Rep. Alan Mollohan (D), who continues to be the subject of a federal investigation, spent about $25,000 on legal fees during the fourth quarter of 2007, according to Federal Election Commission reports released this week.
That number comes to about half of the $55,000 he paid to Kellogg, Huber, Hansen, Todd, Evans & Figel of Washington, D.C., during the third quarter of last year.
Mollohan reportedly is being probed for funneling millions of federal dollars to nonprofit groups in his district whose leaders include campaign contributors to the Congressman or people with close ties to him.
Mollohanís legal troubles were considered to be a potential burden as he pursues a 14th term this cycle. In his safely Democratic district, Mollohan hasnít been in a close election in more than two decades.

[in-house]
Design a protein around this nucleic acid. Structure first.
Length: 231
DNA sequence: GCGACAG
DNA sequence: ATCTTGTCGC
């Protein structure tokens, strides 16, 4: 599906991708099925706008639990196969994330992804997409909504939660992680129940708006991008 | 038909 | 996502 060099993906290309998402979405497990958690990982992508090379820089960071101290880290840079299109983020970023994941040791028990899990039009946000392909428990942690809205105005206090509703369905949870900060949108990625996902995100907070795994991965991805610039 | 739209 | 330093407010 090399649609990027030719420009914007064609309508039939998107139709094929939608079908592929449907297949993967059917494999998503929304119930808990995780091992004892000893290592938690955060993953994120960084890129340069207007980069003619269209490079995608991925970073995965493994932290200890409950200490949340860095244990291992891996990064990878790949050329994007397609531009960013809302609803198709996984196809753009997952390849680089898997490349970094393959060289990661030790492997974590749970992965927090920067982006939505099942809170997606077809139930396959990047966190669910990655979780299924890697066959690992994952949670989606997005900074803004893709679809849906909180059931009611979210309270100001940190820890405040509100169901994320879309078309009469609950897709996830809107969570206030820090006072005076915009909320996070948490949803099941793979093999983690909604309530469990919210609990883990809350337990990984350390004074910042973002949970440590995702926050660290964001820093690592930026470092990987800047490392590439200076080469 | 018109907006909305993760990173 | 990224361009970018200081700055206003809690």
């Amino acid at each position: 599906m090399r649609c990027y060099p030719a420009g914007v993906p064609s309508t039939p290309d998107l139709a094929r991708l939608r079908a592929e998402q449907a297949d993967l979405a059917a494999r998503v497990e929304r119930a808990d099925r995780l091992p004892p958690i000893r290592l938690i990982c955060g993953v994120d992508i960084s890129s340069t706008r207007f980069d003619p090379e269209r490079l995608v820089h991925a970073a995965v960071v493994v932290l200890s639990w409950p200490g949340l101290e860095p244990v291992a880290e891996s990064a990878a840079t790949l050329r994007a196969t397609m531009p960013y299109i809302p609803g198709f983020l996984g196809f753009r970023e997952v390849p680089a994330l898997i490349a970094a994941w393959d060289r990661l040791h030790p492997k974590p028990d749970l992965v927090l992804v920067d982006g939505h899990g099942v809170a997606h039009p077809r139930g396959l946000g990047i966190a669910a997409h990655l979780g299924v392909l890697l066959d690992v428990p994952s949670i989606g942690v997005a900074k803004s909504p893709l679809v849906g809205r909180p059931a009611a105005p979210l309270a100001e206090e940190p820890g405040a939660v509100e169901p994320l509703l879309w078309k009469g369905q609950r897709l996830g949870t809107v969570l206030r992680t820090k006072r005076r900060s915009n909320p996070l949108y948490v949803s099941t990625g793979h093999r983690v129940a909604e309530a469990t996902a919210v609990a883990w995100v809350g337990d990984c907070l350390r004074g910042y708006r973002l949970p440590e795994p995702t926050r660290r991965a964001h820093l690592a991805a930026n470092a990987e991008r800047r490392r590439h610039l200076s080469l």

Despite the ongoing federal investigation, no Republican or Democrat filed with the the West Virginia secretary of stateís office to challenge Mollohan before the stateís filing deadline this past weekend, so short of some catastrophic legal development, he is practically guaranteed another term.
Legal fees aside, Mollohan did some heavy spending in the fourth quarter, logging about $165,000 in disbursements while raising only about $59,000. He ended 2007 with less than $70,000 in cash on hand, down from the $176,000 in cash on hand he reported at the end of the third quarter of last year.
ó John McArdle
Terri Henderson, 6, center, whose mother is El Salvador, attends a rally with members of Congress at Union Station's Columbus Circle to announce the Restore Opportunity, Strengthen, and Improve the Economy (ROSIE) Act on July 29, 2014. The legislation provides incentives for government contractors to pay a living wage and other benefits that would help low-income workers.